This is how we will continuously lose until we look in the mirror. I know we want a glorified version of our failures as we replace the pain of how we feel about losing again, with images of beautiful banners, beautiful people and beautiful “leaders.” But this will only last for so long, after the hype fades and the Facebook Likes move on to the next trending world issue, at the end of the day we will still be left with the same malcontent we have always felt as indigenous people. Quick fixes and temporary remedies aren’t going to do away with the root causes. Yes, we are beautiful, yes, we have power, but we have also become ugly. And no matter how many banners, benefits, and rallies we throw they aren’t going to heal what’s at the core of this indigenous movement; which is indigenous hearts and indigenous minds.

You don’t go through everything we have gone through without learning a thing or two on how to fuck each other up. Some may even say we are better at oppressing ourselves then our actual oppressors, now that we’ve learned how to. Either way we like to talk about how we are in the seventh generation so “it’s all good now.” I don’t buy it. In the end, I seen what Standing Rock did to people. I seen it in their eyes, it killed their spirit. People started to feel powerless and in movements this is when people start to fight the ones they were supposed to be fighting for. Even though it’s so hard for people to believe and understand how, when the Standing Rock movement was all “rainbows, unicorns, prayer and unity.” It really wasn’t. It was clear from the beginning when the people with the most self-confidence and self-empowerment started to unify. And this is what people don’t want to talk about.

Red Warrior was the thorn in the sides of those who truly didn’t want change or truthfully unify with others. Standing Rock became the “Land of Opportunity” for those looking to make a name for themselves and their organizations. And they did, Standing Rock became a pool of money because wholehearted individuals gave to the camps simply because they cared and it was the right thing to do, for humanity and the planet. Like crabs in a bucket it became a battle ground for resources, attention and reputation. This was every Indians chance to become, “THE INDIAN.” Unfortunately, this ego infested camp started to neglect the children, the youth and the purpose it had formed. With no real single identifiable cause for things not working out how it was supposed to for them, Red Warrior became the scapegoat, an identifiable target. Red warrior took the heat from the tribe, the “elders,” the headsmen, the horn, the media, or whatever “governing” body that decided that they were the head honcho’s for the week. Oddly enough every tribally appointed group and individual had the agenda to make Red Warrior out to be the problem.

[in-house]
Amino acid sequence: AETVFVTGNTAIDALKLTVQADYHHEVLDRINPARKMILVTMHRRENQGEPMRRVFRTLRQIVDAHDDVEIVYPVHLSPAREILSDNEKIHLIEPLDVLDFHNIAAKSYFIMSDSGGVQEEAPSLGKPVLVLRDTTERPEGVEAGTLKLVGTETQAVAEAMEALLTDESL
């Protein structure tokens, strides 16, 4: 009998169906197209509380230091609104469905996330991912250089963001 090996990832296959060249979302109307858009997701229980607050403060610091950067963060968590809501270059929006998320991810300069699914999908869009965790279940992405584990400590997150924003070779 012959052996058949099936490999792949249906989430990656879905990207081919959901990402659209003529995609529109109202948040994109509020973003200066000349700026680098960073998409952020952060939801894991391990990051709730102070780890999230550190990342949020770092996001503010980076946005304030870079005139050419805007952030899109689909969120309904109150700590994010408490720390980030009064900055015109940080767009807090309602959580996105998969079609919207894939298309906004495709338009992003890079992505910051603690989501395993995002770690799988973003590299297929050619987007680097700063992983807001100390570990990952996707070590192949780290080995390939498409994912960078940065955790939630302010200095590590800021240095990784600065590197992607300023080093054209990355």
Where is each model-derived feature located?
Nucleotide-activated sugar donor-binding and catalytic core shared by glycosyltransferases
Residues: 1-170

I think it’s peculiar that a camp formed in the name of stopping a pipeline decided to turn on the only group of people that actually kept stopping construction. But all in all, this dynamic of natives pitting themselves against those who decided to follow their hearts rather then the fears of others, killed the spirit of camp. These opportunists, leaders and “elders” kept taking and taking from this spirit without giving back to it until all that was left was empty eyes and tired bodies. This is why we lost, this is why we lose. The leaders we always thought would be there, never showed up. So, after all the pirates took what they wanted, a few rag tag affinity groups had to become the glue that held the ship together keeping the actual on the ground #NODAPL movement afloat.

And so, here I am sitting at the door step of the room in my mind that has the power to break me, the place where I keep all the things that I’ve loved and lost. With the choice to fall back into old patterns and learned behaviors. As well as the decision to leave it all behind, replacing it all with things that are new. But instead I continue to sit at this doorway, hurting and afraid. Unable to turn away from the things that I found in Standing Rock that are worth fighting for and keeping forever. At times crumbling from the inside out. But I stay here sitting and waiting to go in. Because the answers I need to undo my ugliness, the ugliness that we have all become, are in there. Among the heartache brought onto us through our own flaws and how we have failed each other. This place has the answers I need to move on. This place holds the blueprints for “How to rebuild ourselves.” So, I sit here weighed down by every beautiful moment that now serves as a reminder of what could’ve been. Twirling my options at my fingertips like Harvey Dent also known as Two Face and his scarred silver dollar coin. Sitting, waiting, wondering how much of this I can really endure.

Ever reminding myself that, I am the master of my fate, I am the captain of my soul.

by Curtis Ray Yaz

Curtis Ray Yaz (Yupik, Diné and Blackfeet amskapiipikuni) is a community organizer and a hip hop artist. Check out Curtis aka YAZ Like JAWS at https://soundcloud.com/yazlikejaws/tracks